In previous years, I’ve considered Joseph as a privileged teenager who’s become a spoiled brat. I’ve also seen him as a CEO-wannabe who learns how to impress the right people the right way, as much as any successful modern corporate manager. He is called a saint by rabbinic commentators– Joseph the Righteous (Yosef HaTzaddik), in one opinion because he can “control his natural drives better than any one else in Scripture.” I think, as a 17-year-old, he’s basically clueless regarding interpersonal relations, especially how very deep feelings can lead to unspeakable actions. That is in part due to his self-centeredness. He matures in Potiphar’s household and in prison, but he still thinks only of himself. That is, until he has an opportunity to save Egypt.
Chanukah starts Tuesday night (12/16, also Beethoven’s birthday), so I’ll include some Chanukah humor (chumor?) next week.
From Good Clean Jokes (A, Kostick et al., 1998) p. 314 – sent out in 2009
Teacher: You have ten older brothers?
Teacher: Does your mom holler at you a lot?
Mark: Nope. By the time she finishes hollering at my brothers and gets to me she usually has laryngitis.
Tom swift-ly* through the old testament (selections)
“I have sinned,” said Adam originally.
“Have an apple,” the serpent said fruitfully.
“Come here, Abel,” Cain said brotherly.
“You snails almost didn’t make it,” Noah said wetly.
“No spika de Inglish,” they babbled at Babel confusedly.
“Nonsense, I’ll look behind me all I please,” replied Lot’s wife saltily.
“Here’s your pottage,” Jacob said hairily.
“My thigh is out of joint,” Jacob said angelically.
“I was the sun and you were the stars,” Joseph said dreamily.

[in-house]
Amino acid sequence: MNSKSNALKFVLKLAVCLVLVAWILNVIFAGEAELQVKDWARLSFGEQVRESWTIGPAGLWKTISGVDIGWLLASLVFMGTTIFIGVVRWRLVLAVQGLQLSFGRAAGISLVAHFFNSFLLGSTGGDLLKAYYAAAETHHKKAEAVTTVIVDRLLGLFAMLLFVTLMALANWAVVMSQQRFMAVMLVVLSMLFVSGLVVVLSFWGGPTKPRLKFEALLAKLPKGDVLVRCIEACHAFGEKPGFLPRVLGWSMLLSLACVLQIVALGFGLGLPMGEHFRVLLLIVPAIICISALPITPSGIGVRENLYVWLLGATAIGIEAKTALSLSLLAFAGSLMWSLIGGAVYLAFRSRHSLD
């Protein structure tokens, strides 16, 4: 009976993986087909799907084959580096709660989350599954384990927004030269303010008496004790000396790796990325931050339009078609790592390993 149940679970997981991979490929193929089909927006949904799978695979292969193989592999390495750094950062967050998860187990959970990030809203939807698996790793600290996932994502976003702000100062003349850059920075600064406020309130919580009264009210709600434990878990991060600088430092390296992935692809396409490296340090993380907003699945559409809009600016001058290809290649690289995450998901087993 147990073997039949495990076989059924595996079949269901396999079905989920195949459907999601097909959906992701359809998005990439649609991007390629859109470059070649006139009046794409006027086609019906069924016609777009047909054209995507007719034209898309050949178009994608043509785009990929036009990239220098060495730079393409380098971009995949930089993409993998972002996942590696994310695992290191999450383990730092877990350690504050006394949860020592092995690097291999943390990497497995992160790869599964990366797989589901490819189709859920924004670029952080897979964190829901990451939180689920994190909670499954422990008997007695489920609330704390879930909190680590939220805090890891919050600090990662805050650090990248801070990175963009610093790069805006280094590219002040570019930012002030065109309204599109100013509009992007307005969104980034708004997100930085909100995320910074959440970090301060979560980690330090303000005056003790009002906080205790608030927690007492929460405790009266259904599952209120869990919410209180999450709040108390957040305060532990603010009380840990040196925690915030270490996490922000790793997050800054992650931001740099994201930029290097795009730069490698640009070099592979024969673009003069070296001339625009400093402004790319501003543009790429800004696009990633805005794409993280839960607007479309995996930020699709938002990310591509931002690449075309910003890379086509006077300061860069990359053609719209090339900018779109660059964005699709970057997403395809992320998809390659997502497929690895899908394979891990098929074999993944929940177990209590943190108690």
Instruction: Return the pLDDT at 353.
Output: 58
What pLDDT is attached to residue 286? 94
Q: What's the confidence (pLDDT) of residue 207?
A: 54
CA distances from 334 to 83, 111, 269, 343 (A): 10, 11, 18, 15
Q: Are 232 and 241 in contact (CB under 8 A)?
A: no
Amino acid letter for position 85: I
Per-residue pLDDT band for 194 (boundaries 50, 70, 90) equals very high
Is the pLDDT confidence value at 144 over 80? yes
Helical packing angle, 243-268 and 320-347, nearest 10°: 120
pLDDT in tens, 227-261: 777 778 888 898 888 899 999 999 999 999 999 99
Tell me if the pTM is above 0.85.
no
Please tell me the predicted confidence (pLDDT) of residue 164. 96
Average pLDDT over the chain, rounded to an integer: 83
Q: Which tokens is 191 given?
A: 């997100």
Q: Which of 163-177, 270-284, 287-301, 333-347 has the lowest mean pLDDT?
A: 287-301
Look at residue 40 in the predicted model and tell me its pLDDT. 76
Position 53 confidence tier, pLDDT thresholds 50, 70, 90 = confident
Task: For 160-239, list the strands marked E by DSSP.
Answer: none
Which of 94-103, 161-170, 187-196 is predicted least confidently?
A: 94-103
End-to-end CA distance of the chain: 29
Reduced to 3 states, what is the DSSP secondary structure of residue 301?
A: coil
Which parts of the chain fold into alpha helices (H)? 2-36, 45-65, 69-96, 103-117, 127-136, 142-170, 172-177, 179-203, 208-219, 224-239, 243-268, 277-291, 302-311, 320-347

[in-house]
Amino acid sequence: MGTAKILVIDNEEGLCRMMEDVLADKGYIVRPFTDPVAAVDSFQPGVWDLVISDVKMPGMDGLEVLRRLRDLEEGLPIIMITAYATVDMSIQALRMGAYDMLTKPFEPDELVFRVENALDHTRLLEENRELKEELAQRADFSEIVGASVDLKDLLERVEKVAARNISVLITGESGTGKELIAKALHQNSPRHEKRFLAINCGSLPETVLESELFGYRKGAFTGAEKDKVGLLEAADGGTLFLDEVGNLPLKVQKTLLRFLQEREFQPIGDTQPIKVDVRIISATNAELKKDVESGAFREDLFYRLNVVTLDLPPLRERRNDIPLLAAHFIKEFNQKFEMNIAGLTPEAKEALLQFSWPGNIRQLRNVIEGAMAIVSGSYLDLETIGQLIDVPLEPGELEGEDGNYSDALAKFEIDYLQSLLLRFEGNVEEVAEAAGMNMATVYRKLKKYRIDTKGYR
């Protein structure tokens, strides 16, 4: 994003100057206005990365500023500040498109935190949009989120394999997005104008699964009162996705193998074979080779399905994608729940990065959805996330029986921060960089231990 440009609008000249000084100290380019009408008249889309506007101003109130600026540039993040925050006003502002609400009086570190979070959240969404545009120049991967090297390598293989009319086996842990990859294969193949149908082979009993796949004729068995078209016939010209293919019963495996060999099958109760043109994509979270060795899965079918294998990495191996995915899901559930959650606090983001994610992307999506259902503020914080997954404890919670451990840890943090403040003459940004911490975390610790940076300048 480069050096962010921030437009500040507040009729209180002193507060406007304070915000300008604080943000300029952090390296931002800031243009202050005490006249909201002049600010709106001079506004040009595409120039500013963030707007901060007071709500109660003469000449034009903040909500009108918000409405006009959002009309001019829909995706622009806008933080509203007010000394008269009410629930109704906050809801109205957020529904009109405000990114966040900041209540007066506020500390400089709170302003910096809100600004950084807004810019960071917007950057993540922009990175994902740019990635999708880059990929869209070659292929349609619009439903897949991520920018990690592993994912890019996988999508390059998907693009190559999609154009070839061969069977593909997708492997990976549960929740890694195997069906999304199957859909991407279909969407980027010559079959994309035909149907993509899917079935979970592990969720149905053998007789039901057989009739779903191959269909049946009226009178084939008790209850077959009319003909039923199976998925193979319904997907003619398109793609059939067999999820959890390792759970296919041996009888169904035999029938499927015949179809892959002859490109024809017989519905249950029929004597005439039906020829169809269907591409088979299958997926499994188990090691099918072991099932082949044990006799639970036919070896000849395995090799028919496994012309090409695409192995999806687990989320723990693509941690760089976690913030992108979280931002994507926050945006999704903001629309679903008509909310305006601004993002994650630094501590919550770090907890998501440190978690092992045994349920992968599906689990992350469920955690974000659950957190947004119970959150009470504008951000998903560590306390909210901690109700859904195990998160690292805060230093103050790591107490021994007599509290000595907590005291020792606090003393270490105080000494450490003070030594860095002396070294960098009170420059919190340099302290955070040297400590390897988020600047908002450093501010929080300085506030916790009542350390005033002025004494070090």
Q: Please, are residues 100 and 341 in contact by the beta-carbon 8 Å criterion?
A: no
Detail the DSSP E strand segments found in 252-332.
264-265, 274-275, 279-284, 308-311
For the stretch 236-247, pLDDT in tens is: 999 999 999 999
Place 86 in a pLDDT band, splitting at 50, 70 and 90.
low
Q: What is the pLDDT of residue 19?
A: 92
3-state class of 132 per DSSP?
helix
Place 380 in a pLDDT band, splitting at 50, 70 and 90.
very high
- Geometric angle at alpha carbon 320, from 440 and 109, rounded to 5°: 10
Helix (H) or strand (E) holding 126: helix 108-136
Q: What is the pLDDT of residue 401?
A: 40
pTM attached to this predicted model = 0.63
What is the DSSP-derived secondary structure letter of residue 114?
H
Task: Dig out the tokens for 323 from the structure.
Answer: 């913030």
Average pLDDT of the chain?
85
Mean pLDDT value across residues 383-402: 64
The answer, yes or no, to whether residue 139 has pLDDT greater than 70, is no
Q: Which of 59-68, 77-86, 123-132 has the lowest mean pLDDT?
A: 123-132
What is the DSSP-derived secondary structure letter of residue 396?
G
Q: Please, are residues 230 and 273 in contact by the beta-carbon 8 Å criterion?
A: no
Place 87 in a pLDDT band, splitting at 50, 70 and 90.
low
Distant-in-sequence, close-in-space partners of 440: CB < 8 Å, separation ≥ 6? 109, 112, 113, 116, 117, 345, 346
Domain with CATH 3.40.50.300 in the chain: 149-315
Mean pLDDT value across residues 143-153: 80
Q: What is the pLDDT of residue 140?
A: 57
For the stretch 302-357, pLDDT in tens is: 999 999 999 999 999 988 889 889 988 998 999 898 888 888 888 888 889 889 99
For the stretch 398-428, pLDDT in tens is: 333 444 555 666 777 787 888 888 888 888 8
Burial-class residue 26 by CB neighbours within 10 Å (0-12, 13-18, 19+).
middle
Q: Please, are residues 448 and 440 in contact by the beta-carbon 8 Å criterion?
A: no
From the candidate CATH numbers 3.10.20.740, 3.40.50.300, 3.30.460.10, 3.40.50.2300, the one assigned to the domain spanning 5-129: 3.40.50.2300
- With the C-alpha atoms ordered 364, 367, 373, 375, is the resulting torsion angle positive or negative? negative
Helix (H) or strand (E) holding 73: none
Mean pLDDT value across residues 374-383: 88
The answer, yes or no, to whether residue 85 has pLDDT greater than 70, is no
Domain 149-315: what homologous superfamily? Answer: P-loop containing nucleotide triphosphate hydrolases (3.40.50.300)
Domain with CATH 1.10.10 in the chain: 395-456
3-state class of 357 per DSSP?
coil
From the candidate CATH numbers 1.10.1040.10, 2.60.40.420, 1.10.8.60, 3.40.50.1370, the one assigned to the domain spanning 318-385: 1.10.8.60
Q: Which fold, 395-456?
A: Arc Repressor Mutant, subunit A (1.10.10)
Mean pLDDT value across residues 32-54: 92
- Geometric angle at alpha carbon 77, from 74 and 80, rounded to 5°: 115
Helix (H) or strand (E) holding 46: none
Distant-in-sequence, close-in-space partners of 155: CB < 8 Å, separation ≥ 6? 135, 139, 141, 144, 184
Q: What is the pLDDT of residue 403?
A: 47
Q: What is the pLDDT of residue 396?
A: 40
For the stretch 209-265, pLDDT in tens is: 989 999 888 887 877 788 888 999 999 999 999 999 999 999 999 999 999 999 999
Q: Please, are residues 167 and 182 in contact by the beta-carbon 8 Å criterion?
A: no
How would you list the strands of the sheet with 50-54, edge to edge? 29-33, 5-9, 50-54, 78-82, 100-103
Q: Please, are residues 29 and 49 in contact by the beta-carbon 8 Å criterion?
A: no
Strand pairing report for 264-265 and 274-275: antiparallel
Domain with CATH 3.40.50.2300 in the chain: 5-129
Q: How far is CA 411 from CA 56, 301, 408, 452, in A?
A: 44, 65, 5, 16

“Hey, Fellas, look at my new coat,” Joseph said colorfully.
“I feel like traveling on, Madame Potiphar,” Joseph said coatlessly.
“Now we can open grain storage area #1,” Joseph said leanly.
*For those not familiar with the genre, a Tom Swiftie is a play on words having “a punning relationship between the way an adverb describes a speaker and at the same time refers significantly to the import of the speaker’s statement, as in “I know who turned off the lights,” Tom hinted darkly. [The Random House Dictionary of the English Language, 1st edition (1966)]. (Sometimes) a verb rather than an adverb supplies the pun (e.g. “I’m dying”, he croaked).”
Playing Hooky Joke
The local high school has a policy that the parents must call the school if a student is to be absent for the day. Kelly, deciding to skip school and go to the mall with her friends waited until her parents had left for work and called the school herself. This is the actual conversation of the telephone call.
Kelly: “Hi, I’m calling to report that Kelly so-and-so is unable to make it to school today because she is ill.
Secretary at high school: “Oh, I’m sorry to hear that. I’ll note her absence. Who is this calling?”
Kelly: “This is my mother.”
Things Dad will Never Say to his Son: